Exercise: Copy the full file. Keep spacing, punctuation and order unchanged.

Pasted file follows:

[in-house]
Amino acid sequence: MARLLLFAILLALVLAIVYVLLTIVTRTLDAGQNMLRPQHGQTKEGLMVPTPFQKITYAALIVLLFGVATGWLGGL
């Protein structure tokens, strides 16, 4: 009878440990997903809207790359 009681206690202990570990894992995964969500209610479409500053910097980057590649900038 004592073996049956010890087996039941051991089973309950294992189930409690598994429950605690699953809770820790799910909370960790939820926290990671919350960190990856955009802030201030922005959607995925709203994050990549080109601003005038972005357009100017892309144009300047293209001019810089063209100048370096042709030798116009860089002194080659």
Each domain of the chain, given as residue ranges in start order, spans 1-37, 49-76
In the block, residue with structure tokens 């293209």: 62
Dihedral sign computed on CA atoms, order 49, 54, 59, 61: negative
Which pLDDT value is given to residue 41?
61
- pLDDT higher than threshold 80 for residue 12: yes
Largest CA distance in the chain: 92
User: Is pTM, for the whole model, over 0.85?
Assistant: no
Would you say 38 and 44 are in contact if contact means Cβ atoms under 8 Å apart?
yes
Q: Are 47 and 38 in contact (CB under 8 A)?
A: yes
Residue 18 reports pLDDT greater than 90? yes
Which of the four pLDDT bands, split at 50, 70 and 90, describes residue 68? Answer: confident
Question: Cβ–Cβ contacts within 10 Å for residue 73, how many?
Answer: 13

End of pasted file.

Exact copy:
[in-house]
Amino acid sequence: MARLLLFAILLALVLAIVYVLLTIVTRTLDAGQNMLRPQHGQTKEGLMVPTPFQKITYAALIVLLFGVATGWLGGL
């Protein structure tokens, strides 16, 4: 009878440990997903809207790359 009681206690202990570990894992995964969500209610479409500053910097980057590649900038 004592073996049956010890087996039941051991089973309950294992189930409690598994429950605690699953809770820790799910909370960790939820926290990671919350960190990856955009802030201030922005959607995925709203994050990549080109601003005038972005357009100017892309144009300047293209001019810089063209100048370096042709030798116009860089002194080659």
Each domain of the chain, given as residue ranges in start order, spans 1-37, 49-76
In the block, residue with structure tokens 């293209």: 62
Dihedral sign computed on CA atoms, order 49, 54, 59, 61: negative
Which pLDDT value is given to residue 41?
61
- pLDDT higher than threshold 80 for residue 12: yes
Largest CA distance in the chain: 92
User: Is pTM, for the whole model, over 0.85?
Assistant: no
Would you say 38 and 44 are in contact if contact means Cβ atoms under 8 Å apart?
yes
Q: Are 47 and 38 in contact (CB under 8 A)?
A: yes
Residue 18 reports pLDDT greater than 90? yes
Which of the four pLDDT bands, split at 50, 70 and 90, describes residue 68? Answer: confident
Question: Cβ–Cβ contacts within 10 Å for residue 73, how many?
Answer: 13